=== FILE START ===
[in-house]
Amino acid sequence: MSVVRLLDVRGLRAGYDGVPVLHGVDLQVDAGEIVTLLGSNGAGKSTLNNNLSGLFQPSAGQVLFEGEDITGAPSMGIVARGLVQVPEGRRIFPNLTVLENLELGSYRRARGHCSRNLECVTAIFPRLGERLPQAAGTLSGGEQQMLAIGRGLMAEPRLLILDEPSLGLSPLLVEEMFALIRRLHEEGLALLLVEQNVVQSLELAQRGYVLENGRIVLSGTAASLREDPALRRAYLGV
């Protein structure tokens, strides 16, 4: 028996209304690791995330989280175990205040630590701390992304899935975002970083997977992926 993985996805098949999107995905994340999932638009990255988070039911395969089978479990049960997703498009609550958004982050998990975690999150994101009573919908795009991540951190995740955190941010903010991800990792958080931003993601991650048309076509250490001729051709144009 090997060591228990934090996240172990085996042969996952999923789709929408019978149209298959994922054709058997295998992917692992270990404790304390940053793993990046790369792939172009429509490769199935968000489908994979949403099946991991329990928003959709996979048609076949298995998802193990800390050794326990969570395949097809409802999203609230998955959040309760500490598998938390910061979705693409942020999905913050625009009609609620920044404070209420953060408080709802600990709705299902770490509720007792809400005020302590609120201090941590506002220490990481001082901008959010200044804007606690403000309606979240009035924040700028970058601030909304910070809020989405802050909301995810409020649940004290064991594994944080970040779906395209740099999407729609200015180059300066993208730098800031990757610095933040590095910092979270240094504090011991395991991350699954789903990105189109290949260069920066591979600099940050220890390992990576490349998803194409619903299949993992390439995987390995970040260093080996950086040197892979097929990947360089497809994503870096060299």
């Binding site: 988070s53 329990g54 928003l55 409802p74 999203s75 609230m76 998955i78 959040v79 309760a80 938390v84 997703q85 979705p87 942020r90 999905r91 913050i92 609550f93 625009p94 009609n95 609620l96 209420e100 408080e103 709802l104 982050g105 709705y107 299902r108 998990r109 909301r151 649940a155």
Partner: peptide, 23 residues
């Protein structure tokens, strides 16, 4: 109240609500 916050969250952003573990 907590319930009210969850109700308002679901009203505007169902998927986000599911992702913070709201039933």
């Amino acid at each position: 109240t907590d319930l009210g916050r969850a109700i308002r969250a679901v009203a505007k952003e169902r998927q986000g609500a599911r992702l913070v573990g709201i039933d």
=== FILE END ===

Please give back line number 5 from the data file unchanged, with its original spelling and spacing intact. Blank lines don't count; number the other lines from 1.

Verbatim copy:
Partner: peptide, 23 residues